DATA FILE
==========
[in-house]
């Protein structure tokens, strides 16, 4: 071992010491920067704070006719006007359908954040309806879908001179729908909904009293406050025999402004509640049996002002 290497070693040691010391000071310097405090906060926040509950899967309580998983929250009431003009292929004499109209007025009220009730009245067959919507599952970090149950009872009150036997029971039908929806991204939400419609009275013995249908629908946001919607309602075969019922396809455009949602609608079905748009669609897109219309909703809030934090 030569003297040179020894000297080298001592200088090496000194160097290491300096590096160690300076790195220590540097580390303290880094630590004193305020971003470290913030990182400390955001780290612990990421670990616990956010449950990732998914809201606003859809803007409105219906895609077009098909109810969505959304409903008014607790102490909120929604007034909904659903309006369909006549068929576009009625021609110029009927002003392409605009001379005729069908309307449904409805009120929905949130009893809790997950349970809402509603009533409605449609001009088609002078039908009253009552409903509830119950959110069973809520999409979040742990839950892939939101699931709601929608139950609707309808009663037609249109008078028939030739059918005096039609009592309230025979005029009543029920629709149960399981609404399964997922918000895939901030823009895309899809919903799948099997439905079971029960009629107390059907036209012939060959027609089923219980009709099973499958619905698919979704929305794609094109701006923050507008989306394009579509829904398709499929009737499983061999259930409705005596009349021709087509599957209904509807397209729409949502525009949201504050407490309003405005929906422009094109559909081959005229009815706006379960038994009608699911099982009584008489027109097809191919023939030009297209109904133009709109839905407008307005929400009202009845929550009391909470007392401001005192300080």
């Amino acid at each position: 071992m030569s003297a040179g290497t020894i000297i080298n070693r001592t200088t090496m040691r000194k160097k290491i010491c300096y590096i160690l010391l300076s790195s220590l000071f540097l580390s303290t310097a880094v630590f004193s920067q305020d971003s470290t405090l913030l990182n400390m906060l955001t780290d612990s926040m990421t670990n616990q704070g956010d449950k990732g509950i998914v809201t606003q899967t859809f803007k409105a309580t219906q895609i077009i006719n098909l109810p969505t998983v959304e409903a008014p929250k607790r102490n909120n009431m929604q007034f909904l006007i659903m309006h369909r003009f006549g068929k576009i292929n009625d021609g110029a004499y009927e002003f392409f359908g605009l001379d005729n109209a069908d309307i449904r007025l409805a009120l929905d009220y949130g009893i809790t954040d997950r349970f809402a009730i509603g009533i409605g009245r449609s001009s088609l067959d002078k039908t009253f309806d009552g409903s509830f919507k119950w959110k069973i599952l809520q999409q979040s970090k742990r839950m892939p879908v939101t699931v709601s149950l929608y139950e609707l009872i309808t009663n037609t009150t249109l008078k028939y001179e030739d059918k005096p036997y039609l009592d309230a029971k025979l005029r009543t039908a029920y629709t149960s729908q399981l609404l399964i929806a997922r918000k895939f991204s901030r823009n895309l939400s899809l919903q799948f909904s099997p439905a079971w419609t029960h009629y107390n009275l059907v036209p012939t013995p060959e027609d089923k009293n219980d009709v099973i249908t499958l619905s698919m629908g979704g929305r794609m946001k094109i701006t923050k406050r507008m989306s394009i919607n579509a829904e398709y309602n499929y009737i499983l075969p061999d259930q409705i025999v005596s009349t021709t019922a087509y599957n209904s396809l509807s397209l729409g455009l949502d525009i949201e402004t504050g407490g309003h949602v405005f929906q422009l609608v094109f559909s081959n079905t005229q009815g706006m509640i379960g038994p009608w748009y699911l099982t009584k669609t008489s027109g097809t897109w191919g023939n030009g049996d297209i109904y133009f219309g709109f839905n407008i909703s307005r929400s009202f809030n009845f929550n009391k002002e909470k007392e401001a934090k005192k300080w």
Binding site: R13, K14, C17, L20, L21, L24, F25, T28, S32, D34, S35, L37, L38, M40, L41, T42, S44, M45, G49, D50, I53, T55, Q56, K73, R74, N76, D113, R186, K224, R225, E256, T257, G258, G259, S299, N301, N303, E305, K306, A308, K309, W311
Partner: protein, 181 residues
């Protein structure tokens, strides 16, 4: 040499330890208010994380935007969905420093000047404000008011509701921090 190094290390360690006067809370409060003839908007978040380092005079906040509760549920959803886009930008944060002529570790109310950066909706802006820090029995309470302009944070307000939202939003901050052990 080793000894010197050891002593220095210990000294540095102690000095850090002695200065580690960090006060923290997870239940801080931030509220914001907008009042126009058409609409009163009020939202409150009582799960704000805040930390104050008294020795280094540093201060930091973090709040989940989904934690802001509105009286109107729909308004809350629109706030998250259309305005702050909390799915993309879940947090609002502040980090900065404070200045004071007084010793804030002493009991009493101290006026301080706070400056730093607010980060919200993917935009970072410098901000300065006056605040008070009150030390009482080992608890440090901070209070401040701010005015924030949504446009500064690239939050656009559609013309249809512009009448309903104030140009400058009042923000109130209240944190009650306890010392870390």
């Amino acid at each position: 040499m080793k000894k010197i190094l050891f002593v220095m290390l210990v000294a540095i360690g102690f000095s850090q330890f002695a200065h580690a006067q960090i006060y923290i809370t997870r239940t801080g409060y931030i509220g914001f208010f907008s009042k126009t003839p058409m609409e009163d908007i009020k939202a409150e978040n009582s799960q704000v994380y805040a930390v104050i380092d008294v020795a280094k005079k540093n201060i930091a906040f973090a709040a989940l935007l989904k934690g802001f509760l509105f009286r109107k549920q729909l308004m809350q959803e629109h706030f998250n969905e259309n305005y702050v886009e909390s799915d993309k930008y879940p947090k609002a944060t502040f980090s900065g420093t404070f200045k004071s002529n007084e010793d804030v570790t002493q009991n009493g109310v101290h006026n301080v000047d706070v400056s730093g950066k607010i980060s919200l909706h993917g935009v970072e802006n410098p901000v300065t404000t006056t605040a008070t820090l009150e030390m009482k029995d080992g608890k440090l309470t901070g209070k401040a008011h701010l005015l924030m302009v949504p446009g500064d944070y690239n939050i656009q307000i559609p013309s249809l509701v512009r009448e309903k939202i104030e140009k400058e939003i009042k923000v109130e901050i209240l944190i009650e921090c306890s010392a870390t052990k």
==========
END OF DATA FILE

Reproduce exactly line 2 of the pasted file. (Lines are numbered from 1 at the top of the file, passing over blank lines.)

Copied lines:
């Protein structure tokens, strides 16, 4: 071992010491920067704070006719006007359908954040309806879908001179729908909904009293406050025999402004509640049996002002 290497070693040691010391000071310097405090906060926040509950899967309580998983929250009431003009292929004499109209007025009220009730009245067959919507599952970090149950009872009150036997029971039908929806991204939400419609009275013995249908629908946001919607309602075969019922396809455009949602609608079905748009669609897109219309909703809030934090 030569003297040179020894000297080298001592200088090496000194160097290491300096590096160690300076790195220590540097580390303290880094630590004193305020971003470290913030990182400390955001780290612990990421670990616990956010449950990732998914809201606003859809803007409105219906895609077009098909109810969505959304409903008014607790102490909120929604007034909904659903309006369909006549068929576009009625021609110029009927002003392409605009001379005729069908309307449904409805009120929905949130009893809790997950349970809402509603009533409605449609001009088609002078039908009253009552409903509830119950959110069973809520999409979040742990839950892939939101699931709601929608139950609707309808009663037609249109008078028939030739059918005096039609009592309230025979005029009543029920629709149960399981609404399964997922918000895939901030823009895309899809919903799948099997439905079971029960009629107390059907036209012939060959027609089923219980009709099973499958619905698919979704929305794609094109701006923050507008989306394009579509829904398709499929009737499983061999259930409705005596009349021709087509599957209904509807397209729409949502525009949201504050407490309003405005929906422009094109559909081959005229009815706006379960038994009608699911099982009584008489027109097809191919023939030009297209109904133009709109839905407008307005929400009202009845929550009391909470007392401001005192300080």